Voices: Thumbnail Photo Gallery of the Ismaili Jamatkhana and Centre, Burnaby, British Columbia, Canada

All Images shown below are  from the Private Collection of Mr. Bruno Freschi, 1985. Photos by Mr. Gary Otte. Please click on image for larger version of the photo. Please note that the larger images are not necessarily high resolution images.
A Sketch of the Burnaby Darkhana Jamatkhana. Foundation Ceremony: July 26, 1982; Opening Date: August 23, 1985. The Aga Khan noted at the Foundation ceremony: "I succeeded my Grandfather to the office of Imam in 1957, and just two weeks ago on the 11th of July, I entered the twenty-fifth year of my Imamat. During the Jubilee year many new projects will be launched which will impact the material quality of the life of Ismailis and indeed of many others, in the fields of health, education, housing and rural development, particularly in the Third World...But this is the first project to be launched during this Jubilee year and it is very important that it is a place of worship."
A Sketch of the Burnaby Darkhana Jamatkhana.Foundation Ceremony: July 26, 1982; Opening Date: August 23, 1985;
Site Area: 14171.8 square metres; Area covered by building: 3870 square metres; Parking: 134 spaces.
The Aga Khan noted at the Foundation ceremony: “I succeeded my Grandfather to the office of Imam in 1957, and just two weeks ago on the 11th of July, I entered the twenty-fifth year of my Imamat. During the Jubilee year many new projects will be launched which will impact the material quality of the life of Ismailis and indeed of many others, in the fields of health, education, housing and rural development, particularly in the Third World…But this is the first project to be launched during this Jubilee year and it is very important that it is a place of worship.”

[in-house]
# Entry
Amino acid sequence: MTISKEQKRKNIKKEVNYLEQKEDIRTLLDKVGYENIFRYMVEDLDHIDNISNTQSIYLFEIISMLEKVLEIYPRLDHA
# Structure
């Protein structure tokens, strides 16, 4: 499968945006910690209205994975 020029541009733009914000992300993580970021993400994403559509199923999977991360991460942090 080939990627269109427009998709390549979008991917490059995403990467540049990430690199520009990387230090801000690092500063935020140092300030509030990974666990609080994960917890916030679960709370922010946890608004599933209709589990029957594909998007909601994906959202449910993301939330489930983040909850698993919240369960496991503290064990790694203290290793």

Bruno Freschi (left) with Honourable Henry Bell-Irving and His Highness the Aga Khan. The Aga Khan in his speech said: "The new building will face stand in strongly landscaped surroundings. It will face a courtyard with fountains and a garden. Its scale, its proportions and the use of water will serve to create a serene and contemplative environment. This will be a place of congregation, of order, of peace, of prayer, of hope, of humility, and of brotherhood. From it should come forth those thoughts, those sentiments, those attitudes which bind men together and which unite."
Mr. Freschi with His Highness the Aga Khan and the Honourable Henry Bell-Irving, Lieutenant-Governor General of British Columbia

 

Bruno Freschi (left) with Honourable Henry Bell-Irving and His Highness the Aga Khan. The Aga Khan in his speech said: “The new building will  stand in strongly landscaped surroundings. It will face a courtyard with fountains and a garden. Its scale, its proportions and the use of water will serve to create a serene and contemplative environment. This will be a place of congregation, of order, of peace, of prayer, of hope, of humility, and of brotherhood. From it should come forth those thoughts, those sentiments, those attitudes which bind men together and which unite.”
The Aga Khan explaining the Model to some of the guests at the Foundation CeremonyThe Aga Khan explaining the Model to some of the guests at the Foundation Ceremony Architect Bruno Freschi at the foundation ceremony with distinguished guests, being explained the model of the JamatkhanaIsmaili Jamatkhana and Centre, Burnaby, Bird’s View, 1985. The surronding area is now significantly different with new residential and commercial development. The picture provides a view of the five copper domes on the roof of the building.

 

Architect Bruno Freschi at the foundation ceremony with distinguished guests, being explained the model of the Jamatkhana

Architect Bruno Freschi at the foundation ceremony with distinguished guests, being explained the model of the Jamatkhana

 

The Ismaili Jamatkhana and Centre was opened by Prime Minister Brian Mulroney in the presence of His Highness the Aga Khan, on August 23, 1985. Bruno Freschi write: "I  believe the ultimate purpose of the Jamatkhana is giving iconic foundation to the Ismaili community in Canada. Both His Highness's and the Prime Minister's comments in their speeches reflected this very Canadian idea."